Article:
The National Institutes of Health Office of Extramural Research offers an online training program on Protecting Human Research Participants that does an excellent job explaining the need for and history of ethics in human research. The program is free, doesnt take more than an hour or two, and students get a certificate upon completion.

 

http://www.plagiarism.org/

This site bills itself as the worlds leading online plagiarism prevention resource. It is related to Turnitin.com, a site which scans submitted papers for plagiarism.

 

http://www.gpoaccess.gov/cfr/

The National Archives and Records Administration lists on its website the Code of Federal Regulations. Going to this site and searching for protection of human subjects will lead you to the most up-to-date federal guidelines.

 

http://www.oakland.edu/?id=9074&sid=177

http://irb.truman.edu/

Listed above are IRB pages for Oakland University and Truman State University, the institutions at which your texts author and the authors of this manual teach. Your own institution likely has a webpage for IRB information that you can refer students to.

 

http://www.peta.org

Here is the website for the well-known animal rights group People for the Ethical Treatment of Animals.

 

Classroom/Homework Exercises

Animal Research

Table 2-1 in Chapter 2 lists several accusations made by animal rights activists that have been shown to be inaccurate. The following exercise complements the points made in this table and improves your students library skills as well. It will help your students if you identify in advance all of your librarys journals that deal with animal research.

 

Have each student identify a published article in which animals served as subjects. Ask them to list all of the ways in which the study observed the ethical guidelines for treatment of animals. To really make your point, challenge them to find a single instance of unethical behavior. This may lead to an interesting (and impassioned) discussion of what is/is not part of the greater good.

 

Fraud in Science

Ask your students to conduct a web search for scientific fraud and bring an example in to class the next day. My Google search netted over a million hits, so you may wish to limit them to stories that have some psychological relevance. Ask students to identify the motivations behind those found to be guilty of scientific fraud.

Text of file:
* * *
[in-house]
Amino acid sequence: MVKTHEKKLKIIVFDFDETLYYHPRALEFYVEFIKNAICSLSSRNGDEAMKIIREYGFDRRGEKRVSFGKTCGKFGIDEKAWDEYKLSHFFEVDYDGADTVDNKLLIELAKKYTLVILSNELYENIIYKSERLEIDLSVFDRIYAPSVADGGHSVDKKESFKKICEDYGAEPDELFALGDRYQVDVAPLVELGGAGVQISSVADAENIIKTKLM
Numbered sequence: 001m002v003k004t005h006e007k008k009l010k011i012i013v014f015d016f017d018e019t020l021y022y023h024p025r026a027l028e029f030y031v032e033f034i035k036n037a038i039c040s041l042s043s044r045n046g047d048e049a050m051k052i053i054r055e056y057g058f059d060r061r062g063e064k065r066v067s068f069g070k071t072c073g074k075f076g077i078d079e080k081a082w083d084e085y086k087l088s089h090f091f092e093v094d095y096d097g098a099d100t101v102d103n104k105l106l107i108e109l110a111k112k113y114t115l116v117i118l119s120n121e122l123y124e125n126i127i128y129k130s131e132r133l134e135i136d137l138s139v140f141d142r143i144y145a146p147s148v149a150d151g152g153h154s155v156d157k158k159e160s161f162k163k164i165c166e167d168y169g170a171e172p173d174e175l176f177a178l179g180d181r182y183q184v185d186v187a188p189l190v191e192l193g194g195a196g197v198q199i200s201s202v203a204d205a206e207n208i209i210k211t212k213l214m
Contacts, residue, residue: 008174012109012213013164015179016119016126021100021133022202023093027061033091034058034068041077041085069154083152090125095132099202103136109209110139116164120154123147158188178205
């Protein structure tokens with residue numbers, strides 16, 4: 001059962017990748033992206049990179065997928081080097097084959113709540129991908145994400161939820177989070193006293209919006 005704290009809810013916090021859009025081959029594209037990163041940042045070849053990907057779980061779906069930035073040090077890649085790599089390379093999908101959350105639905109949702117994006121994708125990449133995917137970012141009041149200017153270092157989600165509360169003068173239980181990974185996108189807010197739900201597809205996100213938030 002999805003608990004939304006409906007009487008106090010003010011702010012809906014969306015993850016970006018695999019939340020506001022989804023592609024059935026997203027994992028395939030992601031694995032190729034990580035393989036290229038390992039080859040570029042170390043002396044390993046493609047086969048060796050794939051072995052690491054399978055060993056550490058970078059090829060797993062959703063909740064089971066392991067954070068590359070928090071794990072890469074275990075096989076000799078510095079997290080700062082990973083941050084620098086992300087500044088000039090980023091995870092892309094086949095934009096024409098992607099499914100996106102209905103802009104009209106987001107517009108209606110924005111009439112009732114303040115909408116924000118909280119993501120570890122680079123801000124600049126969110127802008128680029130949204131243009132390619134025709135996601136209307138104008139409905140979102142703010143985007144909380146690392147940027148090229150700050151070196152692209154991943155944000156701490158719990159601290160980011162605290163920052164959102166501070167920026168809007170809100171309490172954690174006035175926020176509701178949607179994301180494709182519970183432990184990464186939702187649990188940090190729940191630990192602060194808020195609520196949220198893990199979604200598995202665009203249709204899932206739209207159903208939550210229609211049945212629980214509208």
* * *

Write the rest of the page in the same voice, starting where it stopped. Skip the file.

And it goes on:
Handout 2-1: Risk/Benefit Analyses

 

A risk/benefit analysis is fairly easy to understand in theory, but fairly difficult to conduct in practice. Conduct a risk/benefit analysis on each of the following experiment proposals. Assume you are responsible for deciding whether or not to approve each experiment. You must justify each decision. Suggest ways to improve each proposal.

 

1) Mickey wants to study how food deprivation affects learning in mice. He believes that animals have a survival instinct to learn more quickly when food is scarce. He proposes an experiment in which mice are given only water for 1, 2, 5, or 10 days. He then plans to measure the speed with which they learn to navigate a complicated maze.

 

 

 

 

 

 

 

 

2) Barbara believes that people will shift from using paper towels to using electric air dryers in public restrooms if they are told about the amount of paper waste in landfills. She proposes a study in which a sign is posted in some bathrooms explaining the pollution problem, but is not posted in other bathrooms. She will use hidden videocameras to record peoples use of either the paper towel dispenser or electric air dryer in each of the two bathroom conditions.

 

 

 

 

 

 

3) Lucy believes that our self-image affects how we rate the appearance of others. She proposes an experiment in which participants rate the attractiveness of various models. Unbeknownst to the participants, a confederate will be loitering in the hallway outside the experiment room. As volunteers arrive for the experiment, the confederate will either compliment (you look nice in that outfit) or insult (that outfit makes you look fat) the participant. Lucy will then compare the model ratings from complimented and insulted participants.

 

 

Handout 2-2: Identifying Ethics Violations

 

Identify as many ethical violations as you can in the following scenario. Explain each of the violations you find.

 

Mark decided that participants in this study will not be at risk, and therefore, he didnt bother the IRB with his proposal. His study investigates the amount of discomfort people are willing to put up with in order to earn a large sum of money. He recruits students by posting ads about a contest in which you can earn $1000. Everyone who shows up is told that they must do whatever he tells them to do for the next several hours and that the last person to comply will earn the money. He then makes the participants eat disgusting food combinations, rub permanent markers on their own faces, and mail insulting messages to their professors. After two hours he stops the contest, informs everyone that it was actually an experiment, and explains that there is no prize money. Before participants leave, he gets them to sign an informed consent form to acknowledge that they were free to leave at any time.